I am haunted by humans.
Throwin’ it back a decade today. Ten years older, and I’m still celebrating Markus Zusak’s The Book Thief. Some books simply have staying power. Some books draw me in and never let me completely leave. One of my mom’s favorite writers, Pat Conroy, professed this wisdom in his book My Reading Life:
Here's what I love: when a great writer turns me into a Jew from Chicago, a lesbian out of South Carolina, or a black woman moving into a subway entrance in Harlem. Turn me into something else, writers of the world. Make me Muslim, heretic, hermaphrodite. Put me into a crusader's armor, a cardinal's vestments. Let me feel the pygmy's heartbeat, the queen's breast, the torturer's pleasure, the Nile's taste, or the nomad's thirst. Tell me everything that I must know. Hold nothing back.
Zusak turned me into an embattled, gutsy German schoolgirl named Liesel Meminger.
Liesel lives in Germany with her foster family during World War II, still reeling from her brother’s death and her mother’s willful disappearance. Her new papa, Hans Hubermann, (an instant beloved literary father figure for Rae and me, so naturally, you’re bound to love him) comforts her by teaching her to read. Words soothe her.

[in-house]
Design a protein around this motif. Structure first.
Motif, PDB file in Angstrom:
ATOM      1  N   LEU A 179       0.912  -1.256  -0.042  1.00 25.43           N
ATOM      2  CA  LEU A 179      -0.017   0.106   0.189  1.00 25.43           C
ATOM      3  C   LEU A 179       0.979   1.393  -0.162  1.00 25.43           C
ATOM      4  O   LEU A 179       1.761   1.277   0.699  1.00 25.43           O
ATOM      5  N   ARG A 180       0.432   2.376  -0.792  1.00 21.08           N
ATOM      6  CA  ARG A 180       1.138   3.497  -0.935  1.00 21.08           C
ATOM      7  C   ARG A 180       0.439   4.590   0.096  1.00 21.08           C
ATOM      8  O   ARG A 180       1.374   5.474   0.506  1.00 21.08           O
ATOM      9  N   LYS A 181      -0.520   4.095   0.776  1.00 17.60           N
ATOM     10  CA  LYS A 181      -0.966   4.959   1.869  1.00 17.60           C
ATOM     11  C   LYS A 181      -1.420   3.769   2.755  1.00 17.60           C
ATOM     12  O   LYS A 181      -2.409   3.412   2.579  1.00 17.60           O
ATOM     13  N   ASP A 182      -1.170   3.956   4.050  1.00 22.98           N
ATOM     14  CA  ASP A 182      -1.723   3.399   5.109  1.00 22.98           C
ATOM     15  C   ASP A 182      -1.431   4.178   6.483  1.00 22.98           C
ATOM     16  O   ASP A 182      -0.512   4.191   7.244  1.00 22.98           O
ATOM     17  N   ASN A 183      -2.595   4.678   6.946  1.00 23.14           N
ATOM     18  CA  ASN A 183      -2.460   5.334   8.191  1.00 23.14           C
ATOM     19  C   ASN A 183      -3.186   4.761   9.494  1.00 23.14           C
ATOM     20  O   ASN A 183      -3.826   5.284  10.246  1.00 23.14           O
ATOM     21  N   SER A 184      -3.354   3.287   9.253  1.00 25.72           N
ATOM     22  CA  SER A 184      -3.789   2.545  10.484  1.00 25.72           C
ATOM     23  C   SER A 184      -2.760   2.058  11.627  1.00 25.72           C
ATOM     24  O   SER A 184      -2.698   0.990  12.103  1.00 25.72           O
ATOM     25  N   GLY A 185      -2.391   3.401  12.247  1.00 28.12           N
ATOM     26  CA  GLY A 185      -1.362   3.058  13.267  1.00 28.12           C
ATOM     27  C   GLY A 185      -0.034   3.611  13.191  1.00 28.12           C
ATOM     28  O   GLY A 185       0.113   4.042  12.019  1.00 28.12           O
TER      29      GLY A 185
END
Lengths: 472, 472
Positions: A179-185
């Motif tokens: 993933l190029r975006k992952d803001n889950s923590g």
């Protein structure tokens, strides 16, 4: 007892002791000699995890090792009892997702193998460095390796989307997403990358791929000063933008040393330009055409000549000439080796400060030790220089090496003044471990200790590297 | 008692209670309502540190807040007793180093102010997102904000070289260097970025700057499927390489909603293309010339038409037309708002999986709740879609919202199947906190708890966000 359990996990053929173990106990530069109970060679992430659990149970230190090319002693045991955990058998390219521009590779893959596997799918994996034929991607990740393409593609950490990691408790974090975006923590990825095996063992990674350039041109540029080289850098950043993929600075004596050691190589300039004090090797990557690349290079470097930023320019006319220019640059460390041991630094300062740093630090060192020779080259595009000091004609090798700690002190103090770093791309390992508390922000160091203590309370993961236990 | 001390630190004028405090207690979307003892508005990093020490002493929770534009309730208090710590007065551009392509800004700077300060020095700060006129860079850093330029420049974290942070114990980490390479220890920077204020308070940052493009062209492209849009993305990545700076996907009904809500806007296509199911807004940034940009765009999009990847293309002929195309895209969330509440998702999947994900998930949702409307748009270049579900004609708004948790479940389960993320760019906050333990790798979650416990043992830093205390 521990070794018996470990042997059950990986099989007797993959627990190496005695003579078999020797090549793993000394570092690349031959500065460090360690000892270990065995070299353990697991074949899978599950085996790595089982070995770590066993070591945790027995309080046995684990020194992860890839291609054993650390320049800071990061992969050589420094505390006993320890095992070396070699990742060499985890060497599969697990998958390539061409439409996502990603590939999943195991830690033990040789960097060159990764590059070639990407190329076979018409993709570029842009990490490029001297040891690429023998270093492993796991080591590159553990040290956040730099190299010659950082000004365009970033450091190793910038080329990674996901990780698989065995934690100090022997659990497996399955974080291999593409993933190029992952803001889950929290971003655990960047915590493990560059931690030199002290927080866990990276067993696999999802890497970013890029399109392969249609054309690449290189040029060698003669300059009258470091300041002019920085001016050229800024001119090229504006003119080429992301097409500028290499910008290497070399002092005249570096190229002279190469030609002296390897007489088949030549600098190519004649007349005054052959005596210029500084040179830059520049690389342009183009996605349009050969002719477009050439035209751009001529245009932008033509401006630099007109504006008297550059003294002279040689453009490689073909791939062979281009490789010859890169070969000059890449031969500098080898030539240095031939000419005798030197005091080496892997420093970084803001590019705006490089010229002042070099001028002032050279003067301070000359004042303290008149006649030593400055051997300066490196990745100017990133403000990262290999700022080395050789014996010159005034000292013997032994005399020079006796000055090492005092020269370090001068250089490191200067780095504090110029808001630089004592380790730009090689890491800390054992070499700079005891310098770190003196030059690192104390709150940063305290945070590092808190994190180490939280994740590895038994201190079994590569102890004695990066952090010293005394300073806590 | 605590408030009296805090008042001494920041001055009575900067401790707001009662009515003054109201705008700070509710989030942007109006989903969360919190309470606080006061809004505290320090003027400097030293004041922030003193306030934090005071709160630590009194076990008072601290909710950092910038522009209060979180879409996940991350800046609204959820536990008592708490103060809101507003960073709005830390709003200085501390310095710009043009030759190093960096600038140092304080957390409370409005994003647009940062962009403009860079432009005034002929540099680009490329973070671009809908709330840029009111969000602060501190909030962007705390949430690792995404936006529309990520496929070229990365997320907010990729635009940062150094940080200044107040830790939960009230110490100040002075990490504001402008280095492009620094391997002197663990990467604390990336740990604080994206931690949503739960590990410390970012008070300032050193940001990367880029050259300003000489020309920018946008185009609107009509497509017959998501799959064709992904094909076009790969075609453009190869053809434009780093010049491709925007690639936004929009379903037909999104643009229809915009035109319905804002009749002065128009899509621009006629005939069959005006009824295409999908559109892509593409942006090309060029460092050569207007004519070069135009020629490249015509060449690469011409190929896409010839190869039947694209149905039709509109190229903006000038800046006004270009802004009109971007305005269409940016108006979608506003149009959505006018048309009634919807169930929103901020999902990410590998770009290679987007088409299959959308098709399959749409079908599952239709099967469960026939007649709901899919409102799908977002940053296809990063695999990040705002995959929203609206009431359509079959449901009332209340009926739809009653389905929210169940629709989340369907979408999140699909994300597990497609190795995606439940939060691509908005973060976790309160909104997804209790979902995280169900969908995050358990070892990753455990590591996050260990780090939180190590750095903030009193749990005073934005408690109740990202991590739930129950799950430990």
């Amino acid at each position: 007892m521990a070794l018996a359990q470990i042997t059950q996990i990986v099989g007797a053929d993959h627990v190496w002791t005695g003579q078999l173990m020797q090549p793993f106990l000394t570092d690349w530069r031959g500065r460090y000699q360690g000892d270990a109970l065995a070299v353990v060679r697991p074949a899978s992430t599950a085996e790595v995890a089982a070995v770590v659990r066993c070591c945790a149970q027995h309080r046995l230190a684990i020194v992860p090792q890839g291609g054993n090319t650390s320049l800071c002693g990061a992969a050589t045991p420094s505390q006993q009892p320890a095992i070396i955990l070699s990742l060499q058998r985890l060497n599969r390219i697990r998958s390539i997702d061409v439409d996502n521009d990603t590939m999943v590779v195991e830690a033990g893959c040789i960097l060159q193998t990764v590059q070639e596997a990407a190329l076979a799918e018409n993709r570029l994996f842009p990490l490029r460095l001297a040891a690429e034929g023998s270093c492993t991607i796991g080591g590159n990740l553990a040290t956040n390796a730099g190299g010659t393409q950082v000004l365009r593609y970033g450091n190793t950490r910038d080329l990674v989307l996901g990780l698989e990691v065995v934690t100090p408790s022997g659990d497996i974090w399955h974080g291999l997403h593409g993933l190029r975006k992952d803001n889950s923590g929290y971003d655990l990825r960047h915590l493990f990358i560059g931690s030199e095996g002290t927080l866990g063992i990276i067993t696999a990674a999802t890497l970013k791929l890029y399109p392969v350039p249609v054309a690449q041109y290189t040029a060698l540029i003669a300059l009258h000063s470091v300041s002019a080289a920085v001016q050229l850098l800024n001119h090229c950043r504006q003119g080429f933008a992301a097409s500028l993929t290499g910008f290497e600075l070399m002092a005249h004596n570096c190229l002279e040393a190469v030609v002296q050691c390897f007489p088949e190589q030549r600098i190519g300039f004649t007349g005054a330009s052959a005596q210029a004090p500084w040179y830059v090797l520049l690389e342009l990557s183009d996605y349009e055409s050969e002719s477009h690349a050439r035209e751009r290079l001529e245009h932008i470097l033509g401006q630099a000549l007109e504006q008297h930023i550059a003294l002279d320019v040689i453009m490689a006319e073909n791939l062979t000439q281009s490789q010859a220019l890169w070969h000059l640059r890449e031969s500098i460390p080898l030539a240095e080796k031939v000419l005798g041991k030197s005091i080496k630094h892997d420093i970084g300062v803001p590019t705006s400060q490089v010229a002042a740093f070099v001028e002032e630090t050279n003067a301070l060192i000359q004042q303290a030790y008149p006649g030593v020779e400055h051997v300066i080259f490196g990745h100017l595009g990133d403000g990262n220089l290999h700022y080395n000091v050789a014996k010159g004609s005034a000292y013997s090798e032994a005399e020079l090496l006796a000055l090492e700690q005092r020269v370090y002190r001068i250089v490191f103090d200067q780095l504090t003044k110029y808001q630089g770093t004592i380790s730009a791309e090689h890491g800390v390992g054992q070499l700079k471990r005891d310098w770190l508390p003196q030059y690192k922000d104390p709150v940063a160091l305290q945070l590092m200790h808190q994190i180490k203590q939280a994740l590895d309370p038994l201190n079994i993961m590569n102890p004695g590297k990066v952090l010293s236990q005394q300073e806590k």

Death is the narrator of the novel, which is a new one. Zusak needed a storyteller who could share Liesel’s dauntless point of view, but he also needed someone to supply snapshots of the war outside of Himmel Street to offer sobering and inspiring insights into the human condition. We can see the horror and the sublime of human choice. I was also reminded that many Germans became bonafide victims of war.
Of course there’s resilience in precocious Liesel that inspires palpable hope in me, it will you too—the kind of hope Anne Frank gave us. The Book Thief is a hauntingly beautiful novel that deserves to be read more than once over the years.
When you’ve finished this captivating read, check out the movie. It will move you too. Here’s a sneak peek:
Posted by Tracy